The kick-off meeting is one of those often overlooked parts of a project, but in my experience, they’re one of the most valuable. This meeting is almost like the first chapter of a book. It sets the scene, introduces key characters and paves the way for the rest of the story. It doesn’t only create a clear structure of what’s to come in the project, but it also makes sure you all starting on the same page and there is alignment.
Types of kick-off meetings
There are two types of kick-off meetings: the internal kick-off and the client kick-off;
The internal kick-off meeting takes place first, and this usually happens once the agreement has been made, contracts signed, and there is an agreement of the scope, timeline and main goal of the project. This internal meeting has the purpose of preparing the team for the project – making sure everyone understands why the project is happening, who the client is, what work will be included in the project and who is involved and what role they’ll play.
The external – or client kick-off meeting takes place after the internal kick-off. Whereas the internal meeting prepares the team for the project, establishes roles and processes, the external meeting has the aim of creating alignment and collaboration between the project team and the client (or project sponsor). This meeting establishes the common goals for the project, sets expectations and provides an understanding of what success looks like.
Why is the kick-off meeting important?
Well, it is very similar to onboarding a new employee within your company. Without the proper onboarding, your team member has no idea about what they’ll be doing, how to do it and who they can rely on for help.
If we take the kick-off meeting into a recruitment context, this is the time and place to find out more about the hiring needs, the hiring plan and the process, and the team.
Preparation of kick-off meetings
Both kick-off meetings take some preparation. As a project manager, you need to set the stage for success and make sure everything runs smoothly. For example, it’s a good idea to do some background research and prepare the agenda (maybe even a presentation). The kick-off meetings should not be too lengthy – max 90 minutes – to make sure you stay on track with the agenda.
Which brings me to the next point – what should the agenda contain to cover everything?
Agenda of a kick-off meeting
To make the agenda for the kick-off meeting, you need to already have a basic understanding of the project agreements – what is the scope, the timelines and people involved in the project. If you don’t have these, you may find this blog about planning of a project helpful.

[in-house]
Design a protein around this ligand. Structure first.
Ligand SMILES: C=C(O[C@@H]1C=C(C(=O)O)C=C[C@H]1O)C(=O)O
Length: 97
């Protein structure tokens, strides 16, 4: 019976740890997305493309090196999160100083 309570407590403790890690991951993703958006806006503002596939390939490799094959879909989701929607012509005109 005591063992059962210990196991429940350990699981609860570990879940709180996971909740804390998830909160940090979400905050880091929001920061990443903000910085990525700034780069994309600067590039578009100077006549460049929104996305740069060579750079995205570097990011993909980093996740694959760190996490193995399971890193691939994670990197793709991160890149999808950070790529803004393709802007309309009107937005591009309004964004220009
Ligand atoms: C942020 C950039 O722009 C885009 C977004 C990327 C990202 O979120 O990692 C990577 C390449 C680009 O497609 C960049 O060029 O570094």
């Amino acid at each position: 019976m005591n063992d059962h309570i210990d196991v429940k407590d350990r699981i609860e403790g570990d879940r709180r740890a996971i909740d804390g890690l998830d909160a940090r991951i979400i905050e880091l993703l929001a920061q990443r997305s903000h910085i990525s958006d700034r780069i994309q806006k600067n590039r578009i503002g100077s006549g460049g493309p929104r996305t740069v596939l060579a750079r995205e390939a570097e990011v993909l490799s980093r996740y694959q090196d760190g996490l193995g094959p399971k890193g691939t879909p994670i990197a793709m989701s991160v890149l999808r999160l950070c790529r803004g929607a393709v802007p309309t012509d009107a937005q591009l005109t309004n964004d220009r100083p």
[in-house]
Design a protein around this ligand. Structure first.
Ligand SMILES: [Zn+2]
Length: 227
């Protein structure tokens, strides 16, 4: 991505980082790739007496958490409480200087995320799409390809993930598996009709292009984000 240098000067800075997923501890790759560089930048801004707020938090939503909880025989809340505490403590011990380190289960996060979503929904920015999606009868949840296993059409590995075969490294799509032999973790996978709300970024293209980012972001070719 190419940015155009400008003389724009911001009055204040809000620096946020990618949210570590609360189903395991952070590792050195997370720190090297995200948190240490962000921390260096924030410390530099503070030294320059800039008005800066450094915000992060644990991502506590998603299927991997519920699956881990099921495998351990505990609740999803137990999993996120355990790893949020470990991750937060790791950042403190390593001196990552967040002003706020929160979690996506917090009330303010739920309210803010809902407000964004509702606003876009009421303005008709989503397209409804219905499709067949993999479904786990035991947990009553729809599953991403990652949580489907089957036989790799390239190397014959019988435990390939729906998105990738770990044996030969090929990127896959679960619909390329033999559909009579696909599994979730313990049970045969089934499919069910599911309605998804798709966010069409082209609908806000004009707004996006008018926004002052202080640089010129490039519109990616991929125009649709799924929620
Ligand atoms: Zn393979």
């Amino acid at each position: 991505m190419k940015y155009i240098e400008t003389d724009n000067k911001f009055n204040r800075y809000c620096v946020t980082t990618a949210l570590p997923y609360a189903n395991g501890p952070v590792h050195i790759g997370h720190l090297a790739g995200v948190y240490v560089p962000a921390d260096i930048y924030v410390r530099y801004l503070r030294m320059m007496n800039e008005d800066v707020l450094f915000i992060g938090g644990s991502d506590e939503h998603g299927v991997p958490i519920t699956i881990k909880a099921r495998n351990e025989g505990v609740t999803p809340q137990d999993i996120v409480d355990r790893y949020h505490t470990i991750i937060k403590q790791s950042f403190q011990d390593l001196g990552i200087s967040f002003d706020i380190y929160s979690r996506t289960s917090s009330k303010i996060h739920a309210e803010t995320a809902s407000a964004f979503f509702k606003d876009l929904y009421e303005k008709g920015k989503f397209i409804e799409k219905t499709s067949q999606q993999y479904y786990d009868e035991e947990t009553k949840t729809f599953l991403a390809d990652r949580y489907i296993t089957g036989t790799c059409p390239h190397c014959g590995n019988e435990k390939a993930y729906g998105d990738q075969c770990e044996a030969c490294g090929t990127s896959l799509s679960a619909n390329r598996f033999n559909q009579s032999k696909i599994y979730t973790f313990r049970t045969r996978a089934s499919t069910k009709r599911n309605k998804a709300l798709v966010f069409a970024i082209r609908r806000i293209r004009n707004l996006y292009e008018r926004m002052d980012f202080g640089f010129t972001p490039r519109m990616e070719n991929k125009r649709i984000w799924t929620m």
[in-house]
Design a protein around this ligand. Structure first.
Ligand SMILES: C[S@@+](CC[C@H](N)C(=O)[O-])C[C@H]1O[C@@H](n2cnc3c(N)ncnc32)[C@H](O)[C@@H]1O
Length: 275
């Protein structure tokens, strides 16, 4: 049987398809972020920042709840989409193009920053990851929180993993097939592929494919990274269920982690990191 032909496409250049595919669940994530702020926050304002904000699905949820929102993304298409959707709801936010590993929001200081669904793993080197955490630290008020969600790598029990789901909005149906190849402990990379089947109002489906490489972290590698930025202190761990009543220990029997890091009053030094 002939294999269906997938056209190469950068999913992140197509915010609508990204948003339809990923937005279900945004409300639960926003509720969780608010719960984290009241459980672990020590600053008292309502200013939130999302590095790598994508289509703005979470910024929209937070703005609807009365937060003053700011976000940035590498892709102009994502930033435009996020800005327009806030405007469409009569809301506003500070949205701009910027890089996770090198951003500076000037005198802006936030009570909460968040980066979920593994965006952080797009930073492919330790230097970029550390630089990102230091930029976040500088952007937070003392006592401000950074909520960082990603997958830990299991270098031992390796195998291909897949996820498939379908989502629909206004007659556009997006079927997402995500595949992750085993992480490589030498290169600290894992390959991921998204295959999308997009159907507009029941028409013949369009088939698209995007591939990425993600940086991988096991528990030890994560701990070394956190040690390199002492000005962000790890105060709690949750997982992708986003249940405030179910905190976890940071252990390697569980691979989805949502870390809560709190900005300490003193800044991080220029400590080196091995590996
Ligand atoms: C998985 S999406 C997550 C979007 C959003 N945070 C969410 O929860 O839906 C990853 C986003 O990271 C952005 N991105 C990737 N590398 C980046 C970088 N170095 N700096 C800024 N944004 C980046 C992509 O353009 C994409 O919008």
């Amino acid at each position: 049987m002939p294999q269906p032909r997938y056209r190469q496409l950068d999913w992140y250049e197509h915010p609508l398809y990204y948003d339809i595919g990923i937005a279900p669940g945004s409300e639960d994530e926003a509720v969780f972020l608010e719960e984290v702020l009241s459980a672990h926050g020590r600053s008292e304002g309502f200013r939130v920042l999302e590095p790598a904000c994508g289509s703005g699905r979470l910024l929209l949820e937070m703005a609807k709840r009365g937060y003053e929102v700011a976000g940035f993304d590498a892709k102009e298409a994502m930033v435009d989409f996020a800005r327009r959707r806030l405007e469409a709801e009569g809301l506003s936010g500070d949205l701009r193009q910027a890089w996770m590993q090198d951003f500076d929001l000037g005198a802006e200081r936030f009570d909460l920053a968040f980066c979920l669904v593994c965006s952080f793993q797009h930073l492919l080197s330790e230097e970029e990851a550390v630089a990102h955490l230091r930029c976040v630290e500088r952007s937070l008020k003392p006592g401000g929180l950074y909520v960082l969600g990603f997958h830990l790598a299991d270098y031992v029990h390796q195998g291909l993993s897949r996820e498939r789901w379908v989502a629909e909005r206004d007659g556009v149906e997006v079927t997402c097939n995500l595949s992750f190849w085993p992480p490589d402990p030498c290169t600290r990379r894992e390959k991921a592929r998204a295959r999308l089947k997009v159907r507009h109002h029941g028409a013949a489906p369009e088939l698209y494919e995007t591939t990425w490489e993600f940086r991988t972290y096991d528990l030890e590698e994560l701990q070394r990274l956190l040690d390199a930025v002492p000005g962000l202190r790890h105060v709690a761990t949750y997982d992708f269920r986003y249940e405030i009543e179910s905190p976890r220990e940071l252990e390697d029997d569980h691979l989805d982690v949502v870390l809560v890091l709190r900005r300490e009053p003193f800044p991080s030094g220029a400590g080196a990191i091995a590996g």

The structure of the agenda is similar for both internal and client kick-offs, and we’ve created an easily adjustable template presentation and agenda for you to use as a reference, so check this link to download and adjust your own presentation.
The first point – Introductions and roles
This first section is important for relationship building. Take a bit of time to introduce yourself and the team. Also, define what role each of you will play in the project. This is the warm, fuzzy part of the kick-off so make sure you relay your enthusiasm, a strength or two, and maybe even what people can expect from you.
The second point – Get to know the project to understand the client
For internal kick-offs, this is to understand why you’re doing the project, what it will include and to get a basic understanding of who the project is for.
With the client kick-offs, this is the time to let them shine! Ask big-picture questions, like “what is the vision of the company”; “what is your biggest hiring pain at the moment” or “what makes your company different from all of your competitors?”
The third point – Establish what will make this project a success (identify deliverables and timelines)
During this section, identify the deliverables (the product or service you’re expected to produce) and the time frame for each.
For example, in a recruitment project, a deliverable could be 5 iOS developers hired in 6 months. Or it could be an in-depth training for hiring managers. This training can be on how to do interviews given within the first month of the project.
Deliverables and the timelines for them are super important to establish what and when results can be expected.
The fourth point – Define what the rest of the process looks like (preferred communication channels + clarify next actions)
This is the ‘how’ part of the agenda. How are you going to get the work done, how will we communicate weekly, how will the recruitment process look like – will there be 2 onsite interviews or only 1?
Finally – Wrap up.
This is to summarise the meeting, the agreements made and to officially start the ‘executing’ part of the project process.
With each point on the agenda, you will ensure all the key info is relayed and understood by both parties involved. The kick-off meeting has the purpose of alignment. Therefore, make sure you – and your client – walk away from this meeting with the success factors, timelines and process clearly defined. Only when you are on the same page with each other, can the project be a triumph.
By: Teri Gibson – Head of Client Operations